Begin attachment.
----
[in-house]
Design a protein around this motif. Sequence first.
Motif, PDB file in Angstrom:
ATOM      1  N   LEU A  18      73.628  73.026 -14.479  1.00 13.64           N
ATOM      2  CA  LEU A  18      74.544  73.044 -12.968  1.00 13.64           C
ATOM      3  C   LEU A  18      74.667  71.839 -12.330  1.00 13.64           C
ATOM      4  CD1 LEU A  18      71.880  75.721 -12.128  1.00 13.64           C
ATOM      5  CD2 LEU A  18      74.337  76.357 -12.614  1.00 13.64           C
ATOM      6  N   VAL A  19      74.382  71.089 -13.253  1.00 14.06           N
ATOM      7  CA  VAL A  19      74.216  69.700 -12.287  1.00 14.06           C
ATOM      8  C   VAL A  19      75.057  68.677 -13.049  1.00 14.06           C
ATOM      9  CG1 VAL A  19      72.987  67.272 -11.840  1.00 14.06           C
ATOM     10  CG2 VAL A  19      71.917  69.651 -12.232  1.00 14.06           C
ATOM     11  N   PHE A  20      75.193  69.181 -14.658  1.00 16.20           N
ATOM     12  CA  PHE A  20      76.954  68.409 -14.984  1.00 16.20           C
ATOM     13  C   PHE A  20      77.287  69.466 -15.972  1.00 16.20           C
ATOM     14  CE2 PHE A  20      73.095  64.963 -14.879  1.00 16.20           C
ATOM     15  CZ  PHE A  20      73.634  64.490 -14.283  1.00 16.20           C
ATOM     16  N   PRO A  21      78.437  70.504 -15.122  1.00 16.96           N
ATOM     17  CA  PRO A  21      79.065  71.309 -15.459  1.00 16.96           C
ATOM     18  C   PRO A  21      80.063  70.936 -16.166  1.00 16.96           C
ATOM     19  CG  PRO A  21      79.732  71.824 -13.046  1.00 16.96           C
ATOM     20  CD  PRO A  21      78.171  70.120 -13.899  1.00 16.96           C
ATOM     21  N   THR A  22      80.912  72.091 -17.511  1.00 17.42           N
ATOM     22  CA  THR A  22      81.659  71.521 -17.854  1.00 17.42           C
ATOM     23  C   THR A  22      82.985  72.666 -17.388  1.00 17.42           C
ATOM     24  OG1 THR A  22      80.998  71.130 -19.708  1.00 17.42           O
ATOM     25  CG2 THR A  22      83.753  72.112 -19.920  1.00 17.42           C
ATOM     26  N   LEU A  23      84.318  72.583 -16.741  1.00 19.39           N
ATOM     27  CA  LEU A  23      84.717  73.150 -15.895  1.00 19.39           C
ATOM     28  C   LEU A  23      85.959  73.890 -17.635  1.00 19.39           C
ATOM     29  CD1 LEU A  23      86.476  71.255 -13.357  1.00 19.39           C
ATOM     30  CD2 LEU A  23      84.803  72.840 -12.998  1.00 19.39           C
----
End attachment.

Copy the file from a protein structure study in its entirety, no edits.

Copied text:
[in-house]
Design a protein around this motif. Sequence first.
Motif, PDB file in Angstrom:
ATOM      1  N   LEU A  18      73.628  73.026 -14.479  1.00 13.64           N
ATOM      2  CA  LEU A  18      74.544  73.044 -12.968  1.00 13.64           C
ATOM      3  C   LEU A  18      74.667  71.839 -12.330  1.00 13.64           C
ATOM      4  CD1 LEU A  18      71.880  75.721 -12.128  1.00 13.64           C
ATOM      5  CD2 LEU A  18      74.337  76.357 -12.614  1.00 13.64           C
ATOM      6  N   VAL A  19      74.382  71.089 -13.253  1.00 14.06           N
ATOM      7  CA  VAL A  19      74.216  69.700 -12.287  1.00 14.06           C
ATOM      8  C   VAL A  19      75.057  68.677 -13.049  1.00 14.06           C
ATOM      9  CG1 VAL A  19      72.987  67.272 -11.840  1.00 14.06           C
ATOM     10  CG2 VAL A  19      71.917  69.651 -12.232  1.00 14.06           C
ATOM     11  N   PHE A  20      75.193  69.181 -14.658  1.00 16.20           N
ATOM     12  CA  PHE A  20      76.954  68.409 -14.984  1.00 16.20           C
ATOM     13  C   PHE A  20      77.287  69.466 -15.972  1.00 16.20           C
ATOM     14  CE2 PHE A  20      73.095  64.963 -14.879  1.00 16.20           C
ATOM     15  CZ  PHE A  20      73.634  64.490 -14.283  1.00 16.20           C
ATOM     16  N   PRO A  21      78.437  70.504 -15.122  1.00 16.96           N
ATOM     17  CA  PRO A  21      79.065  71.309 -15.459  1.00 16.96           C
ATOM     18  C   PRO A  21      80.063  70.936 -16.166  1.00 16.96           C
ATOM     19  CG  PRO A  21      79.732  71.824 -13.046  1.00 16.96           C
ATOM     20  CD  PRO A  21      78.171  70.120 -13.899  1.00 16.96           C
ATOM     21  N   THR A  22      80.912  72.091 -17.511  1.00 17.42           N
ATOM     22  CA  THR A  22      81.659  71.521 -17.854  1.00 17.42           C
ATOM     23  C   THR A  22      82.985  72.666 -17.388  1.00 17.42           C
ATOM     24  OG1 THR A  22      80.998  71.130 -19.708  1.00 17.42           O
ATOM     25  CG2 THR A  22      83.753  72.112 -19.920  1.00 17.42           C
ATOM     26  N   LEU A  23      84.318  72.583 -16.741  1.00 19.39           N
ATOM     27  CA  LEU A  23      84.717  73.150 -15.895  1.00 19.39           C
ATOM     28  C   LEU A  23      85.959  73.890 -17.635  1.00 19.39           C
ATOM     29  CD1 LEU A  23      86.476  71.255 -13.357  1.00 19.39           C
ATOM     30  CD2 LEU A  23      84.803  72.840 -12.998  1.00 19.39           C